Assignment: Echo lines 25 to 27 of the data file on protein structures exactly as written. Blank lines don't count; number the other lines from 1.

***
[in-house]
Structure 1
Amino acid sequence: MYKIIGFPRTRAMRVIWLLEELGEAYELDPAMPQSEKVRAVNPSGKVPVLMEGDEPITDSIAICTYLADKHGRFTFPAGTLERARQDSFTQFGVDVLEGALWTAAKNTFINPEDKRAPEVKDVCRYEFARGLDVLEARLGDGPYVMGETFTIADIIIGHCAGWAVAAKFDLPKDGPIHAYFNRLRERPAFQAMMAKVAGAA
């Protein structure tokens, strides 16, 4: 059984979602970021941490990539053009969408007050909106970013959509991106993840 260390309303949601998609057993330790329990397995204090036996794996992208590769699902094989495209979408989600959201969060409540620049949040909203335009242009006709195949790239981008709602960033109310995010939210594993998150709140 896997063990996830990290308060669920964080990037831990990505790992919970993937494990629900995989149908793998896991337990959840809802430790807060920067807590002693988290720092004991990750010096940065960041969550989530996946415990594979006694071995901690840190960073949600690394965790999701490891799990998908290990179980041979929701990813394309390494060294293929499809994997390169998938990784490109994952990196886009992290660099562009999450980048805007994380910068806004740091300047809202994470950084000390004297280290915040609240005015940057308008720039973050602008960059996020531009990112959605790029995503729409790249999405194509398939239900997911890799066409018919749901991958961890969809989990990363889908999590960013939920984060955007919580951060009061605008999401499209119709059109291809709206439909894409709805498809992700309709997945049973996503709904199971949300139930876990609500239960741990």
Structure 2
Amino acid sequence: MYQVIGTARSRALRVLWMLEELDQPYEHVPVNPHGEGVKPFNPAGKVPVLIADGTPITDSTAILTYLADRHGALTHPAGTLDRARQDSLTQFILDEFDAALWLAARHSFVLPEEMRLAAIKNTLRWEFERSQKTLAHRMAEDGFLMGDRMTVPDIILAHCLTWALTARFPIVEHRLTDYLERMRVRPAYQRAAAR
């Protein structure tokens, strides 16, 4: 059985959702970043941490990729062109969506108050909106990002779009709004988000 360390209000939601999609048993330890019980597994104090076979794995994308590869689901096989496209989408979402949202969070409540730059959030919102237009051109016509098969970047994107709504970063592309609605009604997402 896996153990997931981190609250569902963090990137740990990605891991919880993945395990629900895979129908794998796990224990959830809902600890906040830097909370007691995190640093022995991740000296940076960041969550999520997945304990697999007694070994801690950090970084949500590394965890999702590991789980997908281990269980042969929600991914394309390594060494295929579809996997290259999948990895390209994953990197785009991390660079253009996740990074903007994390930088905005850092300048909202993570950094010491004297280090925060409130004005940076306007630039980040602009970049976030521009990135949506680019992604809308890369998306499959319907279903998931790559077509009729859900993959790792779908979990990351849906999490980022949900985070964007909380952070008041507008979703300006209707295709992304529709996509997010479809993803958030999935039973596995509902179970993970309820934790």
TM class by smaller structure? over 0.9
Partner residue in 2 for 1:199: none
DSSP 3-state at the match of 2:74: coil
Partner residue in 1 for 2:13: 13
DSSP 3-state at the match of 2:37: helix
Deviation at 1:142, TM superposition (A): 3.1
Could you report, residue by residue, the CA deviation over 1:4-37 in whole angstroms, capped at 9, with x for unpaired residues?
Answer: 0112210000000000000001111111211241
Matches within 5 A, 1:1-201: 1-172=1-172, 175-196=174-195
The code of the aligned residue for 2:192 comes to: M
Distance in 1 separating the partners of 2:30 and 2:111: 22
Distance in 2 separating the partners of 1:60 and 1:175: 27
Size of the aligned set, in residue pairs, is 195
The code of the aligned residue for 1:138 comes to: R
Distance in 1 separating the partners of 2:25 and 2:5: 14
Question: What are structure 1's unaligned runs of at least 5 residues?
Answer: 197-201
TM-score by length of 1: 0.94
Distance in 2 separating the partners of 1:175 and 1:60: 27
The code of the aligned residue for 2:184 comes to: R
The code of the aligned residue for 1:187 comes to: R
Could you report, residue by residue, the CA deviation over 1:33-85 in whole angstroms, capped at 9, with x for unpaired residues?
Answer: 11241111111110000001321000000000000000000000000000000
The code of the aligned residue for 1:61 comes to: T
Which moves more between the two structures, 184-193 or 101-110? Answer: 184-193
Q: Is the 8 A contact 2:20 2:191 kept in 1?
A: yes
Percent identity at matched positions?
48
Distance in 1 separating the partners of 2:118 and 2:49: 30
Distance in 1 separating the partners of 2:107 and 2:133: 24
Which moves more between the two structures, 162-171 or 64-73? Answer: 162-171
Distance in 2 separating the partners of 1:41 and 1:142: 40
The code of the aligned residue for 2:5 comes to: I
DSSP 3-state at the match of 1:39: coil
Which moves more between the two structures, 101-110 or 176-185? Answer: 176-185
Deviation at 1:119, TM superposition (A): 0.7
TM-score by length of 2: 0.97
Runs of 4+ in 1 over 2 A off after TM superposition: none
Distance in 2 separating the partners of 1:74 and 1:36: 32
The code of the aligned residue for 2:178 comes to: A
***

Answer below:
TM-score by length of 1: 0.94
Distance in 2 separating the partners of 1:175 and 1:60: 27
The code of the aligned residue for 2:184 comes to: R